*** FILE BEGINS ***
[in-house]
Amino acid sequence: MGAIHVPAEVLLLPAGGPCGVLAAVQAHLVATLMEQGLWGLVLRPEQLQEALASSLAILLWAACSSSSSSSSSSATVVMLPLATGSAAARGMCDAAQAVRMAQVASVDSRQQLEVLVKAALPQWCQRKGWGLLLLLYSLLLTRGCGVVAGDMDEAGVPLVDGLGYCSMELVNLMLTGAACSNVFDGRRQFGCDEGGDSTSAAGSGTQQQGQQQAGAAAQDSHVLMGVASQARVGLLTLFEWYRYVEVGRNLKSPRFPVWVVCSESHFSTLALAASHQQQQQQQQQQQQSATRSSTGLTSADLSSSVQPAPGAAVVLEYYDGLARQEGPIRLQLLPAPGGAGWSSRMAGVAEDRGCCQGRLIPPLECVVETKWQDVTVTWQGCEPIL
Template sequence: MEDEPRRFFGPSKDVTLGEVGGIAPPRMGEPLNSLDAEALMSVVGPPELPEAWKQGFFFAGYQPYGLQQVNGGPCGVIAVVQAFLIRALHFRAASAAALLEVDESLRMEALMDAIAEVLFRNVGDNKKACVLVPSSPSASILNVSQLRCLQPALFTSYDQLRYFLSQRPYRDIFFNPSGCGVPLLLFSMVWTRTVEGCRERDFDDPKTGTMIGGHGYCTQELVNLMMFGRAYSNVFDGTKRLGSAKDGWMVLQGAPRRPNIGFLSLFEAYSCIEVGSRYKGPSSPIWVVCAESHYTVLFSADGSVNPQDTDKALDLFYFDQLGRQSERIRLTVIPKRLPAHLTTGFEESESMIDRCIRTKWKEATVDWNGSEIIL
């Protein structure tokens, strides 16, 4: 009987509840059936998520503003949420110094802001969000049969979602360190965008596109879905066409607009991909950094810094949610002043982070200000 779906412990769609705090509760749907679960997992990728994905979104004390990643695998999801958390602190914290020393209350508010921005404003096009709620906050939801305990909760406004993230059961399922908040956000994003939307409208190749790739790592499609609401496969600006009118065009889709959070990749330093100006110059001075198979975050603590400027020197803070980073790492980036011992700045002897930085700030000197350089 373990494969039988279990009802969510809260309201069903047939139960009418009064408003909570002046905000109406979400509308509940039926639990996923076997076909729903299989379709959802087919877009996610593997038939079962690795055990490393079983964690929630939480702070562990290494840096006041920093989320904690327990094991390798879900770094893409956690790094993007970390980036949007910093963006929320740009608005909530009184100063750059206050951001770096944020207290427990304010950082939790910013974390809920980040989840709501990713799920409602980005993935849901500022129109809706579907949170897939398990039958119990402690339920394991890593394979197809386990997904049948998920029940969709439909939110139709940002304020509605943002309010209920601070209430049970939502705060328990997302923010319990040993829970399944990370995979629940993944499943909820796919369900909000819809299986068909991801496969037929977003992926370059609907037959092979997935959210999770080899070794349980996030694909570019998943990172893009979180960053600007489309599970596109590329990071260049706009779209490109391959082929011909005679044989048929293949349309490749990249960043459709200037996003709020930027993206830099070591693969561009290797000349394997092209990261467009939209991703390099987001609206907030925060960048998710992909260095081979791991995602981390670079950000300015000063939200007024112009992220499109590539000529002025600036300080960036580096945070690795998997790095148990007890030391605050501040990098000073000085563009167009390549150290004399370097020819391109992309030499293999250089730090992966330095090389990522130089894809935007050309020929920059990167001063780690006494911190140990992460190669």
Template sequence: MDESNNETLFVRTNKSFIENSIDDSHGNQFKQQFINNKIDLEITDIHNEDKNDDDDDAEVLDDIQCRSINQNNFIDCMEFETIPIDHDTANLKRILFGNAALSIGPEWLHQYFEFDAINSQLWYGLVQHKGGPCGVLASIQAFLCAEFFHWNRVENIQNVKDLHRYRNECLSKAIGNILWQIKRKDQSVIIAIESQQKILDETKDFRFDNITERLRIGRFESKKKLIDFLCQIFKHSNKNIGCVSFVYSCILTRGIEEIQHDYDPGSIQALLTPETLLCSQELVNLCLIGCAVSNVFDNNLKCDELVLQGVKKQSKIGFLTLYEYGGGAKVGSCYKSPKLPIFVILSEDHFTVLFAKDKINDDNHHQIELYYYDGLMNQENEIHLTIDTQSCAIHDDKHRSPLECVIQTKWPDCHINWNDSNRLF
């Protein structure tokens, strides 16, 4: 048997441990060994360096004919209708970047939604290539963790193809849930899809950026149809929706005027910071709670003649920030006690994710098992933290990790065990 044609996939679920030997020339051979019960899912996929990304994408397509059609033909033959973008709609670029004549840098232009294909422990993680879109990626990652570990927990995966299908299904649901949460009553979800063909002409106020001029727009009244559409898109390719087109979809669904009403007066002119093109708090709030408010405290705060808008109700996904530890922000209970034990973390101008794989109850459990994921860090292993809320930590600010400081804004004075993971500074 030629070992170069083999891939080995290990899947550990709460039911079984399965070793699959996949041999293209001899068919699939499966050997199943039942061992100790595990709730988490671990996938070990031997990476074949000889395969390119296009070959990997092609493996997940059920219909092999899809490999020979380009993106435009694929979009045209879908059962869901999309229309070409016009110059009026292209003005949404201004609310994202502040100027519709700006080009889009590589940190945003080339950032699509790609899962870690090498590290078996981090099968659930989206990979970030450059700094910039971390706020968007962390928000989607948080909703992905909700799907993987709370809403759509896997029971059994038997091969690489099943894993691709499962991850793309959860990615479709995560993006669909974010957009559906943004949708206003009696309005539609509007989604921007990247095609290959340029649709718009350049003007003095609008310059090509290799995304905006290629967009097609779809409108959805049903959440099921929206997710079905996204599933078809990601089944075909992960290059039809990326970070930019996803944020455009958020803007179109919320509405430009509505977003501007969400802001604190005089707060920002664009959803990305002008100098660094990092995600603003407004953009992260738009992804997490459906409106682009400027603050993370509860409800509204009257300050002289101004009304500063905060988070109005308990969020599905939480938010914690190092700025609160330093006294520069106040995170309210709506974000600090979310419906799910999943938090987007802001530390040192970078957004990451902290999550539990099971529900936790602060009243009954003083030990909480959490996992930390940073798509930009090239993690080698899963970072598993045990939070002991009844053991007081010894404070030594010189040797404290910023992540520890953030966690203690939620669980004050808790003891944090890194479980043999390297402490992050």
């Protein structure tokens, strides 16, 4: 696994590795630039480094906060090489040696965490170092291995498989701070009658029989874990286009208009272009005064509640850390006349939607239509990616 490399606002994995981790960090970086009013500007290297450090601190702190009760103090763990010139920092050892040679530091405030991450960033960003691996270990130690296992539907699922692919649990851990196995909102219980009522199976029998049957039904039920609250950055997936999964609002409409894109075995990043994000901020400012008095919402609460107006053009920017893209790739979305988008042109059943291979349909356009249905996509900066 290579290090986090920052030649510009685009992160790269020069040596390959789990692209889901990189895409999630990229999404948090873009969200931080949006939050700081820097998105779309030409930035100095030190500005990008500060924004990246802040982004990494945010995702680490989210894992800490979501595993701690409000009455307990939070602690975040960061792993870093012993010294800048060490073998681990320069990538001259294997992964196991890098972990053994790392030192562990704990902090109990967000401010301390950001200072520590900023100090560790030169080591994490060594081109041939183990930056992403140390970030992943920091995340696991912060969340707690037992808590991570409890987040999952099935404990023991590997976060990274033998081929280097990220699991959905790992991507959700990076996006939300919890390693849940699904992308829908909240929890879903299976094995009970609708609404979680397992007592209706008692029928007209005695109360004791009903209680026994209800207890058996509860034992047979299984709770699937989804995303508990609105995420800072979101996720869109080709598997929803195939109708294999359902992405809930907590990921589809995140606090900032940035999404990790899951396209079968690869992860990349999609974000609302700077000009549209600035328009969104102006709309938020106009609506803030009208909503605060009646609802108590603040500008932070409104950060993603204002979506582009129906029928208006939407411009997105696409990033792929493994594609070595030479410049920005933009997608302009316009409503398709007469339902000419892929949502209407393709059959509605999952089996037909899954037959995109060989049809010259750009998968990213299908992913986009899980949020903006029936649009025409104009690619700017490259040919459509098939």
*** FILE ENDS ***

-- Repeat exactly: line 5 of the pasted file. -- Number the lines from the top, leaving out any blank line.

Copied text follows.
Template sequence: MDESNNETLFVRTNKSFIENSIDDSHGNQFKQQFINNKIDLEITDIHNEDKNDDDDDAEVLDDIQCRSINQNNFIDCMEFETIPIDHDTANLKRILFGNAALSIGPEWLHQYFEFDAINSQLWYGLVQHKGGPCGVLASIQAFLCAEFFHWNRVENIQNVKDLHRYRNECLSKAIGNILWQIKRKDQSVIIAIESQQKILDETKDFRFDNITERLRIGRFESKKKLIDFLCQIFKHSNKNIGCVSFVYSCILTRGIEEIQHDYDPGSIQALLTPETLLCSQELVNLCLIGCAVSNVFDNNLKCDELVLQGVKKQSKIGFLTLYEYGGGAKVGSCYKSPKLPIFVILSEDHFTVLFAKDKINDDNHHQIELYYYDGLMNQENEIHLTIDTQSCAIHDDKHRSPLECVIQTKWPDCHINWNDSNRLF